Fasting in Muharram

Question and Answer of Madani Muzakarah

1. Fasting in Muharram

Q: Besides the fasts of Ashura (9th and 10th) in Muharram, does fasting in this sacred month hold any virtues?

A: The Beloved Prophet صَلَّى الـلّٰـهُ عَلَيْهِ وَاٰلِهٖ وَسَلَّم said:

1.   After Ramadan, the fast of Muharram is most superior, and after the prescribed salahs, supererogatory salah in the night (qiyam al-layl) is most superior, (Muslim, p. 456, Hadith 2755).

2.   The fast of each day of Muharram is equal to fasting for an entire month, (Mu’jam Sagheer, vol. 2, p. 71; Madani Muzakarah 1st Muharram-ul-Haraam 1441 AH).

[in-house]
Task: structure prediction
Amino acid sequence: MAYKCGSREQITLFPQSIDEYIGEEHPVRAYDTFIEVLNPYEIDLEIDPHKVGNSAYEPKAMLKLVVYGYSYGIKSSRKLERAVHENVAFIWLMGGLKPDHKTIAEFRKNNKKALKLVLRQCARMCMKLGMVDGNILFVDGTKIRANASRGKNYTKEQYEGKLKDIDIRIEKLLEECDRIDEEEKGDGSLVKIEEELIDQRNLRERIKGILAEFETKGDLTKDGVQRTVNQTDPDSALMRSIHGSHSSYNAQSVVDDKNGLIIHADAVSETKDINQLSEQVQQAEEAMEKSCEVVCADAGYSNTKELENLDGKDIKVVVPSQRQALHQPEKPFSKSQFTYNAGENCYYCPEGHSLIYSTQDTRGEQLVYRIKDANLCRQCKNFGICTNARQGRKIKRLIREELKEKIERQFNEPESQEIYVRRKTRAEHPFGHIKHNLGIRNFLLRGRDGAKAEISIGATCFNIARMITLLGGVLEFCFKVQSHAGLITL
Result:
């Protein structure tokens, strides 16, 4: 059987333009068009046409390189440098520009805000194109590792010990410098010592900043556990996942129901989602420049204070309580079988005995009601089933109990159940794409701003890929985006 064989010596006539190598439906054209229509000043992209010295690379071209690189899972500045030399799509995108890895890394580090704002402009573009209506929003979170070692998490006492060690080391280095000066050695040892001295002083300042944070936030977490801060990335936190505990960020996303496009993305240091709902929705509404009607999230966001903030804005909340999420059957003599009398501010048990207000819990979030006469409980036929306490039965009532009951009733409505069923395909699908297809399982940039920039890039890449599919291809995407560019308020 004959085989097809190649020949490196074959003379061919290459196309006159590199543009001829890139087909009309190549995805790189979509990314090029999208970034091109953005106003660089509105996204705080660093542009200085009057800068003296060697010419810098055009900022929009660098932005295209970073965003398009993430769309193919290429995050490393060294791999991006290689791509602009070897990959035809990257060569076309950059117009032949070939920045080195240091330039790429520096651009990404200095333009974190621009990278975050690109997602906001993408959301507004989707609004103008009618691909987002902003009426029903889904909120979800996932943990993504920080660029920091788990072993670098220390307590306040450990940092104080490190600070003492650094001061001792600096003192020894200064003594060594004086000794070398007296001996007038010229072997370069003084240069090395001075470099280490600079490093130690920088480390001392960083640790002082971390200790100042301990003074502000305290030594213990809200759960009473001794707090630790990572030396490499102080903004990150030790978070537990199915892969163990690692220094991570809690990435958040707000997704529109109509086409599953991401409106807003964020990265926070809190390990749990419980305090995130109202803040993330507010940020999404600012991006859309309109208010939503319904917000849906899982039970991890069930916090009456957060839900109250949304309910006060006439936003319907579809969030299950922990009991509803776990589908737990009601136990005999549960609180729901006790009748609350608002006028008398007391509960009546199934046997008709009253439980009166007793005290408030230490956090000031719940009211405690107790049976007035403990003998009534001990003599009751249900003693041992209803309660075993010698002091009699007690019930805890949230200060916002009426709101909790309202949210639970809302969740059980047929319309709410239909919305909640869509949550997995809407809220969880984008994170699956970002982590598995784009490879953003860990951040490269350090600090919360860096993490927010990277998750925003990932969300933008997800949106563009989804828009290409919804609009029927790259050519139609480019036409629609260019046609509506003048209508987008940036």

2. Consuming Fish in Muharram

Q: Can fish be cooked and eaten after the moon of Muharram has been sighted?

A: Yes! Fish, chicken, meat, and all other halal foods can be eaten, (Madani Muzakarah, 2nd Muharram-ul-Haraam, 1441 AH).

3. Not Eating Fish or Wearing New Clothes in Muharram

Q: Is it permissible to deliberately refrain from eating fish or to deem it bad to wear new clothes in Muharram?

A: If a person does not consume fish and considers it wrong to wear new clothes in Muharram because he treats this month as a month of mourning, he will be sinful. It is common among the public not to eat meat on Ashura. In Bab-ul-Madinah (Karachi), where our old home was located, the meat shops would remain closed on Ashura. Gradually, more and more shops began to stay open on Ashura until eventually, the custom of keeping meat shops closed came to an end. Even today, some people do not consume meat on the Day of Ashura, but they probably consume meat Kichra[1]. There is no moment in Muharram or the entire year when it is prohibited in Islam to eat fish or meat, (Madani Muzakarah, 5th Muharram-ul-Haraam, 1440 AH).